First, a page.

The Antinomies of the Postpolitical City: In Search of a Democratic Politics of Environmental Production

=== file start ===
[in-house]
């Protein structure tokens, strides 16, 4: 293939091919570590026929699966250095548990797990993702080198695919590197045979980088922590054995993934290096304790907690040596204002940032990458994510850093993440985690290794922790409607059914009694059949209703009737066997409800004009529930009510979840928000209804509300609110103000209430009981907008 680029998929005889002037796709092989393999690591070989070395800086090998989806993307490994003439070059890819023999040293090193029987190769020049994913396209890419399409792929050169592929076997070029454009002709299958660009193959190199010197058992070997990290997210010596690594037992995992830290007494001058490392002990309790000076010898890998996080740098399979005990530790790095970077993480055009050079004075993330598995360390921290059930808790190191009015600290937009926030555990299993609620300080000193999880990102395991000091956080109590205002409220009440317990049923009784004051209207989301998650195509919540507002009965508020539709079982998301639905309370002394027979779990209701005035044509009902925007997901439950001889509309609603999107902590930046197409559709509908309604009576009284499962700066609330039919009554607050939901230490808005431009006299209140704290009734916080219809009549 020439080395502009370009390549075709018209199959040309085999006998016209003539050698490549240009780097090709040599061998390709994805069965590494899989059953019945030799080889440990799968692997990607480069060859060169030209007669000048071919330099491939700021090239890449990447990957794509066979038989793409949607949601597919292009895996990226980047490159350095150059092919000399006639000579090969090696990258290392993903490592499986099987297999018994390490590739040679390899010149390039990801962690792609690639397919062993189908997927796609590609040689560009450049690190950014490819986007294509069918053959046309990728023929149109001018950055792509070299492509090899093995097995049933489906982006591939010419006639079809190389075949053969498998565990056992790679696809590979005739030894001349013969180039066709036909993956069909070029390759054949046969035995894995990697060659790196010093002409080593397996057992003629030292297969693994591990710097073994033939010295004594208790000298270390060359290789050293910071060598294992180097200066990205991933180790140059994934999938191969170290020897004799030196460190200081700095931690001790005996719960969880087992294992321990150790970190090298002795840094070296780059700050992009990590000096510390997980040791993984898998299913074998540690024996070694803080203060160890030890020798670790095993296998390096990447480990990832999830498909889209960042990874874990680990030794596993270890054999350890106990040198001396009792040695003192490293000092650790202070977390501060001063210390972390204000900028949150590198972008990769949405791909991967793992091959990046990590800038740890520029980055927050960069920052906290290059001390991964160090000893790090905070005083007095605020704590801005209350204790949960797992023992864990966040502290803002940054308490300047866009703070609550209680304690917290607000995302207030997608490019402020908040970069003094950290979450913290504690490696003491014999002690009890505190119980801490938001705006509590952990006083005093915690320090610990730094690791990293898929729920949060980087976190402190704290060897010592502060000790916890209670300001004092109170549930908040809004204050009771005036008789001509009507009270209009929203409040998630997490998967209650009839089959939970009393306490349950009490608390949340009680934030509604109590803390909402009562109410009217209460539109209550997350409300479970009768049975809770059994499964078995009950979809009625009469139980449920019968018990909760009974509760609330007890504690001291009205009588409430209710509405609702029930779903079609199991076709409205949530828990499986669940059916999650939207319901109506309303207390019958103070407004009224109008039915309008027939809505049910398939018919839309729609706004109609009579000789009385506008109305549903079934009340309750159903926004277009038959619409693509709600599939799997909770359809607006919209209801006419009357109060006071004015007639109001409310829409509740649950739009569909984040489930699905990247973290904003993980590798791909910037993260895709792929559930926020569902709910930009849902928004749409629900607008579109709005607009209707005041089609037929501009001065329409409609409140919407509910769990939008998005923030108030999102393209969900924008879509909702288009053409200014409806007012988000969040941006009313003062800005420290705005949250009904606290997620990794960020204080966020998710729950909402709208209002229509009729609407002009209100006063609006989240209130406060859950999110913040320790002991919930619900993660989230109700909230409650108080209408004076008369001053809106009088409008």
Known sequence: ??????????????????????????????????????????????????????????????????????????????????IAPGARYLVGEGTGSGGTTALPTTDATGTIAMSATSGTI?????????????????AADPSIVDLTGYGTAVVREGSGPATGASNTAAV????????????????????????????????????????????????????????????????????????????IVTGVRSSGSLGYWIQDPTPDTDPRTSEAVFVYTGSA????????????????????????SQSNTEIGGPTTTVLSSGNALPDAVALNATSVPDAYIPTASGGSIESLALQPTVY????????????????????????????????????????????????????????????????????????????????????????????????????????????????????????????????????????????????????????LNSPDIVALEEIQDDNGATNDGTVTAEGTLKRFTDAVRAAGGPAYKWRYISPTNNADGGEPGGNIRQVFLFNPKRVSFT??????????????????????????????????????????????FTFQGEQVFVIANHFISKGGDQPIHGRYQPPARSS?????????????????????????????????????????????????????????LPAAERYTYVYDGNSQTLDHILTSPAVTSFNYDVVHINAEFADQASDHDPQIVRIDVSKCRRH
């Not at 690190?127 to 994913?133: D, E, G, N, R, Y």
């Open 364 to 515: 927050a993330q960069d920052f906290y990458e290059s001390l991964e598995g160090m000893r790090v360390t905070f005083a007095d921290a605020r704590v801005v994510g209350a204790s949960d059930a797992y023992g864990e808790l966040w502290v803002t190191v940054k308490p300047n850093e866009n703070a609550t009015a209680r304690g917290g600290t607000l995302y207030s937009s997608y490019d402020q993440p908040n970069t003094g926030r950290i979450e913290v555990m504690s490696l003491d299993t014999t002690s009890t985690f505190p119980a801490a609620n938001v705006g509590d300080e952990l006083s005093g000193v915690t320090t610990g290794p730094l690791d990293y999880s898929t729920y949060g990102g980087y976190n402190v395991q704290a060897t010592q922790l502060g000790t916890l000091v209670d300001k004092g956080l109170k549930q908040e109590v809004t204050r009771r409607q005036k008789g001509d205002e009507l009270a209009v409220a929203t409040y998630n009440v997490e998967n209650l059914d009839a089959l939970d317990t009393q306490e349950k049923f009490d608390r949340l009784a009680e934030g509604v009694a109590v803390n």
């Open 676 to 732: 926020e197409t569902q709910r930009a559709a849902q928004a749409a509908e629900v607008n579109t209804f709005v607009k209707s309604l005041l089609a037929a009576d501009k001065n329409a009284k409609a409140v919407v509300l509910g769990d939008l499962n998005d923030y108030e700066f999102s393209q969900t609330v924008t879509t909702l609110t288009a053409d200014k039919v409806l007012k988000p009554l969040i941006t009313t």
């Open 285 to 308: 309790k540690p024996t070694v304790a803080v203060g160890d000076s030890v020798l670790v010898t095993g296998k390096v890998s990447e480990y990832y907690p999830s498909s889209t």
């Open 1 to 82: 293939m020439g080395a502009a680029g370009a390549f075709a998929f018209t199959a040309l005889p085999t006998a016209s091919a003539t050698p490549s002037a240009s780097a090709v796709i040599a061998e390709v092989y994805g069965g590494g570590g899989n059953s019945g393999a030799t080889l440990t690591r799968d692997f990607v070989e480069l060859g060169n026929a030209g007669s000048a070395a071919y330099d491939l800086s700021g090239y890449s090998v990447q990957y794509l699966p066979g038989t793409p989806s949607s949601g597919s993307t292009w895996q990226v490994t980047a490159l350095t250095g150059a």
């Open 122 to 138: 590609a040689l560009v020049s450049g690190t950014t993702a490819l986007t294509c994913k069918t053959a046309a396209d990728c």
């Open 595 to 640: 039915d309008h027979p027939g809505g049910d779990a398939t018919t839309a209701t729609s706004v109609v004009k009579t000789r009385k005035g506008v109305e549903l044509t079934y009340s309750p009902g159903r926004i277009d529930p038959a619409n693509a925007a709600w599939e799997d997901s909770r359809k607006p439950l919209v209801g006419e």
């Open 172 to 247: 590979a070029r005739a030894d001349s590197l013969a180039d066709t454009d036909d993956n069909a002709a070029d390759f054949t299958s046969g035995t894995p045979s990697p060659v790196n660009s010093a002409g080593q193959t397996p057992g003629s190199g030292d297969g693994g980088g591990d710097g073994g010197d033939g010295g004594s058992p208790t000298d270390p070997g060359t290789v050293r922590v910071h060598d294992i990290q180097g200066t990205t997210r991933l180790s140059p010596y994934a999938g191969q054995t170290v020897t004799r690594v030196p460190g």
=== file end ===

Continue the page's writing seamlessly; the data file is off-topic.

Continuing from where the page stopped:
In recent years, urban research has become increasingly concerned with the social, political and economic implications of the techno‐political and socio‐scientific consensus that the present unsustainable and unjust environmental conditions require a transformation of the way urban life is organized. In the article, I shall argue that the present consensual vision of the urban environment presenting a clear and present danger annuls the properly political moment and contributes to what a number of authors have defined as the emergence and consolidation of a postpolitical and postdemocratic condition. This will be the key theme developed in this contribution. First, I shall attempt to theorize and re‐centre the political as a pivotal moment in urban political‐ecological processes. Second, I shall argue that the particular staging of the environmental problem and its modes of management signals and helps to consolidate a postpolitical condition, one that evacuates the properly political from the plane of immanence that underpins any political intervention. The consolidation of an urban postpolitical condition runs, so I argue, parallel to the formation of a postdemocratic arrangement that has replaced debate, disagreement and dissensus with a series of technologies of governing that fuse around consensus, agreement, accountancy metrics and technocratic environmental management. In the third part, I maintain that this postpolitical consensual police order revolves decidedly around embracing a populist gesture. However, the disappearance of the political in a postpolitical arrangement leaves all manner of traces that allow for the resurfacing of the properly political. This will be the theme of the final section. I shall conclude that re‐centring the political is a necessary condition for tackling questions of urban environmental justice and for creating egalibertarian socio‐ecological urban assemblages.